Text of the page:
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" Happy the man, and happy he alone, He, who can call to-day his own : He who, secure within, can say, To-morrow do thy worst, for I have lived today. Be fair or foul, or rain or shine, The joys I have possessed, in spite of fate, are mine. Not Heaven itself... "
The Odes of Horace: In Four Books Translated Into English Lyric Verse - Page 378
by Horace - 1858 - 475 pages
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The Works of John Dryden: Now First Collected ...

John Dryden, Walter Scott - English literature - 1808
...mourn. * The poem seems to have been written during the political conflicts in the city of London. VIII. Happy the man, and happy he alone, He, who can call...; He who, secure within, can say, To-morrow do thy worst,.for I have lived to-day : Be fair, or foul, or rain, or shine, The joys I have possessed, in...
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The Works of John Dryden: Now First Collected in Eighteen Volumes ..., Volume 12

John Dryden - English literature - 1808
...mourn. • The poem seems to have been written during the political conflicts in the city of London. Happy the man, and happy he alone, He, who can call...; He who, secure within, can say, To-morrow do thy worst^for I have lived to-day: Be fair, or foul, or rain, or shine, The joys I have possessed, in spite...
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The British Essayists;: Rambler

Alexander Chalmers - English essays - 1808
...Qfiodcunque retro tit cjfieiet ; ncqut Diffihget, infect umque reddct, Quodjitgieni lemel bora vexrt, Be fair or foul, or rain or shine, The joys I have possessed in spite of fate are mine. Not heav H itself upon the past has pow'r, But what has been has been, and I have had my hour. There is...
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The Life of Abraham Newland, Esq., Late Principal Cashier at the Bank of ...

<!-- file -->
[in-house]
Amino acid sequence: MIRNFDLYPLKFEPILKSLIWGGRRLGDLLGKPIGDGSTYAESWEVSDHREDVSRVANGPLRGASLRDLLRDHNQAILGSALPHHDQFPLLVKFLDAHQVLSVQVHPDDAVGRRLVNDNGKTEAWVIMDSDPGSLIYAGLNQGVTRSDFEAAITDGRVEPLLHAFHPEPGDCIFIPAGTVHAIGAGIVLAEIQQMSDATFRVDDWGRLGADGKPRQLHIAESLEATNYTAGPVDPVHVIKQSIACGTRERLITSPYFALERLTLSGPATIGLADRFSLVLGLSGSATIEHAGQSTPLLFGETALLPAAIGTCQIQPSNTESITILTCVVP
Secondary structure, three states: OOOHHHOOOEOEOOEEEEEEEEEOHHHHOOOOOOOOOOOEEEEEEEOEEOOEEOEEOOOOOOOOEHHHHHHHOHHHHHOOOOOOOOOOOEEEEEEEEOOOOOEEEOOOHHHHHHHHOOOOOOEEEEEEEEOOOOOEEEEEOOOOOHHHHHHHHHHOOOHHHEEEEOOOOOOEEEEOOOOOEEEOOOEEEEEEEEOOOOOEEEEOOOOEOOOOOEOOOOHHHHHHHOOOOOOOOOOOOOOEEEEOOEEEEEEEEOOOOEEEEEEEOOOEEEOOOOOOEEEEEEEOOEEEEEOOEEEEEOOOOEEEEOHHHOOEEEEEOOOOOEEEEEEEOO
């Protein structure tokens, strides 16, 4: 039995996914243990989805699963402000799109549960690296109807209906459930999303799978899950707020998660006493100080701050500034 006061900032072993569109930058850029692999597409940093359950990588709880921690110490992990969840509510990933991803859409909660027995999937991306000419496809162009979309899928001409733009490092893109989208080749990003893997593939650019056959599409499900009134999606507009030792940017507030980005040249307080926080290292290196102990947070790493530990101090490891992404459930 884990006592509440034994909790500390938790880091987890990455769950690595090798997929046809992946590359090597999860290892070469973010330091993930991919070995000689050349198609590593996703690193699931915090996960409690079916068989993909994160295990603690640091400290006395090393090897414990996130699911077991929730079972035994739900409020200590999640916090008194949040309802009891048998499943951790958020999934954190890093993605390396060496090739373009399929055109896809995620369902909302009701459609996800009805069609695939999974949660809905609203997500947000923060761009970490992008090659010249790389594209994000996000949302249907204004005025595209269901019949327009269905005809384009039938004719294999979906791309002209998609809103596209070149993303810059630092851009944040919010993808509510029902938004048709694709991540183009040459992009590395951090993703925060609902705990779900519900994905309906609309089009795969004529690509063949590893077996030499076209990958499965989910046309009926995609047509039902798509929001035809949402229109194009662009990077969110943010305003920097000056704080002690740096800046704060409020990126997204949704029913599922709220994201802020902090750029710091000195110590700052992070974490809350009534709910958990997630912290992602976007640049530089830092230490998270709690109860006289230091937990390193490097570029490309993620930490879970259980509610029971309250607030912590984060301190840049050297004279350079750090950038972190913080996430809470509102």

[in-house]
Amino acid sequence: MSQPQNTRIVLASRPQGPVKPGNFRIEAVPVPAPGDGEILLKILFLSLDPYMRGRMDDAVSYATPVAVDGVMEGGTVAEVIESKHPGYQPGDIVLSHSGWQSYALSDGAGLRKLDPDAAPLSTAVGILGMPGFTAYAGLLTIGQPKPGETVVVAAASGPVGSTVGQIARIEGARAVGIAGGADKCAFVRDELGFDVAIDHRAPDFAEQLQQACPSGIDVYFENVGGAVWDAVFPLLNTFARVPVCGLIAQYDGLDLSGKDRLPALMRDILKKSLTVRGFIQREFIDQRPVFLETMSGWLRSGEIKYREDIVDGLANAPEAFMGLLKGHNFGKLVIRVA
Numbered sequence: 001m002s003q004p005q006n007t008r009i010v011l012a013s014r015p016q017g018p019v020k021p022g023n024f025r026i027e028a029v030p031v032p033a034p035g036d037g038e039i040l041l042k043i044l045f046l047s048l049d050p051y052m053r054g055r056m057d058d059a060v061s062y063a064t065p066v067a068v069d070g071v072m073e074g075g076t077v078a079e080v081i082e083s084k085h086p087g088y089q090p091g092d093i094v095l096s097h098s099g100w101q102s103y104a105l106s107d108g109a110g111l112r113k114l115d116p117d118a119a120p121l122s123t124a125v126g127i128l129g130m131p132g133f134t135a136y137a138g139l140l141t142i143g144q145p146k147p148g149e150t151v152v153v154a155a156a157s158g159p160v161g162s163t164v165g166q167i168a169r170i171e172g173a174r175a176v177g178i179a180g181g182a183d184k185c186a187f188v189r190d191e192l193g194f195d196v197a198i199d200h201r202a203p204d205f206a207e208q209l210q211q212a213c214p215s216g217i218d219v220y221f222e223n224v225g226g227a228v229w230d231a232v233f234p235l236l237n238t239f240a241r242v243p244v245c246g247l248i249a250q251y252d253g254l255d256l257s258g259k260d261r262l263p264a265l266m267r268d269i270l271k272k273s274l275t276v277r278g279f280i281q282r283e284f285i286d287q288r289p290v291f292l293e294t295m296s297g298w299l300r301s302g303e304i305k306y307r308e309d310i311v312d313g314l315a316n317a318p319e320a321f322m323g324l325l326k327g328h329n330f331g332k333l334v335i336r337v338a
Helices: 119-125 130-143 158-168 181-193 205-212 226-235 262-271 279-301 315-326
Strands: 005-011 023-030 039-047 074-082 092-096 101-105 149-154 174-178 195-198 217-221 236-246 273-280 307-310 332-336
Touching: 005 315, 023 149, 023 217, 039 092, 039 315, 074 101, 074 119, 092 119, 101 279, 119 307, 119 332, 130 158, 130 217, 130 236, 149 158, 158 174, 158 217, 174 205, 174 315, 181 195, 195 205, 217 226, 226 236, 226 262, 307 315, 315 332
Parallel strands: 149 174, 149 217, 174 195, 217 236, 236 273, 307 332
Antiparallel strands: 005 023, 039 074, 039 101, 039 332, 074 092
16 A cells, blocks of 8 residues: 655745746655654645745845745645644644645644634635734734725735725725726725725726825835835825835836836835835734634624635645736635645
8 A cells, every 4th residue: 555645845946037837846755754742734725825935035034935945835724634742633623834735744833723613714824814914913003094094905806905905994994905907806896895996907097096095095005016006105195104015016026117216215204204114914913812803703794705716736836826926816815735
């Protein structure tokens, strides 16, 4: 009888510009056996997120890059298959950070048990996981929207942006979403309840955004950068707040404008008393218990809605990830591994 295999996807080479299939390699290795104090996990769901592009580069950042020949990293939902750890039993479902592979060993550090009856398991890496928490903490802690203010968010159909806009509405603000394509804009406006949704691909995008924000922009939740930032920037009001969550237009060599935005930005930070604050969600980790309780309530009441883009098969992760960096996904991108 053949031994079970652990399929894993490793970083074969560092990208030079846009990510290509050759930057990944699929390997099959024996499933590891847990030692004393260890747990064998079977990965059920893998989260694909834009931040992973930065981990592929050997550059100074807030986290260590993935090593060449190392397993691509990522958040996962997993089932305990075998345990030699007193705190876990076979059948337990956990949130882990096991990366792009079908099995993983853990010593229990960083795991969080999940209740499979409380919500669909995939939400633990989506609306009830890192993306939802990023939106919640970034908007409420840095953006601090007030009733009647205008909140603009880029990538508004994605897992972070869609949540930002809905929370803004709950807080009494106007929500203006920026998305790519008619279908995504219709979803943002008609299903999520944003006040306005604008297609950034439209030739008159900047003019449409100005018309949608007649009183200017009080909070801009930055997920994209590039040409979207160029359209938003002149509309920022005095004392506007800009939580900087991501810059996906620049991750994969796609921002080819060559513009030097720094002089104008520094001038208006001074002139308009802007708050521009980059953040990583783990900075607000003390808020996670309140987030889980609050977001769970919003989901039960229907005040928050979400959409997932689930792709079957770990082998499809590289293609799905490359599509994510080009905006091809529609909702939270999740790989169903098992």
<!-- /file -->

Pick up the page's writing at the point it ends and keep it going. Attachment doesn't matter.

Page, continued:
John Dyer Collier - Bankers - 1808 - 172 pages
...a vivid enjoyment. He coincided with the Lyric poet, although unacquainted with his writings. " But fair or foul, or rain or shine, " The joys I have possessed, in spite of Fate are mine ; " Nor Heaven itself, upen the past has power, " What has been, has been, and I have had my hour."...
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The British Essayists;: Adventurer

Alexander Chalmers - English essays - 1808
...DECEMBER 12, 1752. • I lie potent su'i J.•tlustiue di^et, cui licit iu dicea Vixiuc, *i.' HOR. Happy the man, and happy he alone, He who can call to-day his gwn ; Ht, who secure within can say, To-nlpnow do thy wprst, for I have lived to-day. TO THE ADVENTURER....
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The Rambler, Volume 1

Samuel Johnson - English essays - 1809
...retro est efficiet, neque Diftlngct, infectumifue reddet, /•<-•?<,? Suodfugies sfmel hora verit. Be fair or foul, or rain or shine, The joys I have possess'd in spite of fate are mine. Not heav'n itself upon the past has pow'r, But what has been has...
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English Minstrelsy: Being a Selection of Fugitive Poetry from the ..., Volume 1

Walter Scott - English poetry - 1810 - 264 pages
...are from their old foundations torn. And woods, made thin with winds, their scattered honours mourn. Happy the man, and happy he alone, He, who can call...I have possessed, in spite of fate are mine ; Not heaven itself upon the past has power, But what has been, has been, and I have had my hour. Fortune,...
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The Works of the English Poets, from Chaucer to Cowper: Including ..., Volume 9

Alexander Chalmers - English poetry - 1810
...are from their old foundations torn, And woods, made thin with winds, their scatter'd honours mourn. Happy the man, and happy he alone, He who can call to-day his own : He who, secure within, can say, [day ; To-morrow do thy worst, for I have liv'd toBe fair, or foul, or rain, or shine, The joys I have...
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The Works of the English Poets, from Chaucer to Cowper: Including ..., Volume 9

Alexander Chalmers - English poetry - 1810
...their scatterM honours mourn. Is sometimes high, and sometimes low, A quiet ebb, or a tempestuous flow, Happy the man, and happy he alone, He who can call to-day his own : He who, secure within, can say, [day ; To-morrow do thy worst, for I have liv'd toBe fair, or foul, or rain, or shine, The joys I have...
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The Works of the English Poets, from Chaucer to Cowper;: Dryden, Smith, Duke ...

Samuel Johnson - English poetry - 1810
...And woods, made thin with winds, their scatter'd honours mourn. Happy the man, nnd happy he atone, He who can call to-day his own : He who, secure within, can say, [day ; To-morrow do thy worst, for I have Hv'd toBe fair, or foul, or rain, or shine, The joys I have...
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